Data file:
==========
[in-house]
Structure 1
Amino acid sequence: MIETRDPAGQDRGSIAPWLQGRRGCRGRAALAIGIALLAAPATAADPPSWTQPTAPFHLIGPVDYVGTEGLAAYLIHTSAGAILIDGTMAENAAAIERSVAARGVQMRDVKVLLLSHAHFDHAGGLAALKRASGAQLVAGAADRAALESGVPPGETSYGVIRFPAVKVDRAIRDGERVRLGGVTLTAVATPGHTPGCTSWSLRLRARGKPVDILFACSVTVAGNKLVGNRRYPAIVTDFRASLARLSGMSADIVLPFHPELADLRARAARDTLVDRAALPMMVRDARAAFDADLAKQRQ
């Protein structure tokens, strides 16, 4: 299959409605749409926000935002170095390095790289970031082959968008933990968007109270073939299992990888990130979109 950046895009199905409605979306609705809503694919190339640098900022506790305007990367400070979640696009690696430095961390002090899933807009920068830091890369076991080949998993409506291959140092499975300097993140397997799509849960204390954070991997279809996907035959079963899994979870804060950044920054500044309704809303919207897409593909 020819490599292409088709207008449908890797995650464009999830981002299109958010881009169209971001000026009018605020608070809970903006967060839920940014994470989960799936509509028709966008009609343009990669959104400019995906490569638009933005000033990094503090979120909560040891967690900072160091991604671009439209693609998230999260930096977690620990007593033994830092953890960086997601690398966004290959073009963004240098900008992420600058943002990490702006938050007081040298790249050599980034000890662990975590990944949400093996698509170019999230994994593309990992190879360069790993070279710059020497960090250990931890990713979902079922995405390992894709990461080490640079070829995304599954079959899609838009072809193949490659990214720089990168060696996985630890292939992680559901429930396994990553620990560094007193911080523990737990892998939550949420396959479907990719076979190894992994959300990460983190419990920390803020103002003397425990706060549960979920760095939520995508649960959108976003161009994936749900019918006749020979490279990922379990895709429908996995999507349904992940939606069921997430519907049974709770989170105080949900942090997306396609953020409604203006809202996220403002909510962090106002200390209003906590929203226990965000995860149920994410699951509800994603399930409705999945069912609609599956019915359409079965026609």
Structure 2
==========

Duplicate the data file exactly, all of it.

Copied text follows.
[in-house]
Structure 1
Amino acid sequence: MIETRDPAGQDRGSIAPWLQGRRGCRGRAALAIGIALLAAPATAADPPSWTQPTAPFHLIGPVDYVGTEGLAAYLIHTSAGAILIDGTMAENAAAIERSVAARGVQMRDVKVLLLSHAHFDHAGGLAALKRASGAQLVAGAADRAALESGVPPGETSYGVIRFPAVKVDRAIRDGERVRLGGVTLTAVATPGHTPGCTSWSLRLRARGKPVDILFACSVTVAGNKLVGNRRYPAIVTDFRASLARLSGMSADIVLPFHPELADLRARAARDTLVDRAALPMMVRDARAAFDADLAKQRQ
């Protein structure tokens, strides 16, 4: 299959409605749409926000935002170095390095790289970031082959968008933990968007109270073939299992990888990130979109 950046895009199905409605979306609705809503694919190339640098900022506790305007990367400070979640696009690696430095961390002090899933807009920068830091890369076991080949998993409506291959140092499975300097993140397997799509849960204390954070991997279809996907035959079963899994979870804060950044920054500044309704809303919207897409593909 020819490599292409088709207008449908890797995650464009999830981002299109958010881009169209971001000026009018605020608070809970903006967060839920940014994470989960799936509509028709966008009609343009990669959104400019995906490569638009933005000033990094503090979120909560040891967690900072160091991604671009439209693609998230999260930096977690620990007593033994830092953890960086997601690398966004290959073009963004240098900008992420600058943002990490702006938050007081040298790249050599980034000890662990975590990944949400093996698509170019999230994994593309990992190879360069790993070279710059020497960090250990931890990713979902079922995405390992894709990461080490640079070829995304599954079959899609838009072809193949490659990214720089990168060696996985630890292939992680559901429930396994990553620990560094007193911080523990737990892998939550949420396959479907990719076979190894992994959300990460983190419990920390803020103002003397425990706060549960979920760095939520995508649960959108976003161009994936749900019918006749020979490279990922379990895709429908996995999507349904992940939606069921997430519907049974709770989170105080949900942090997306396609953020409604203006809202996220403002909510962090106002200390209003906590929203226990965000995860149920994410699951509800994603399930409705999945069912609609599956019915359409079965026609």
Structure 2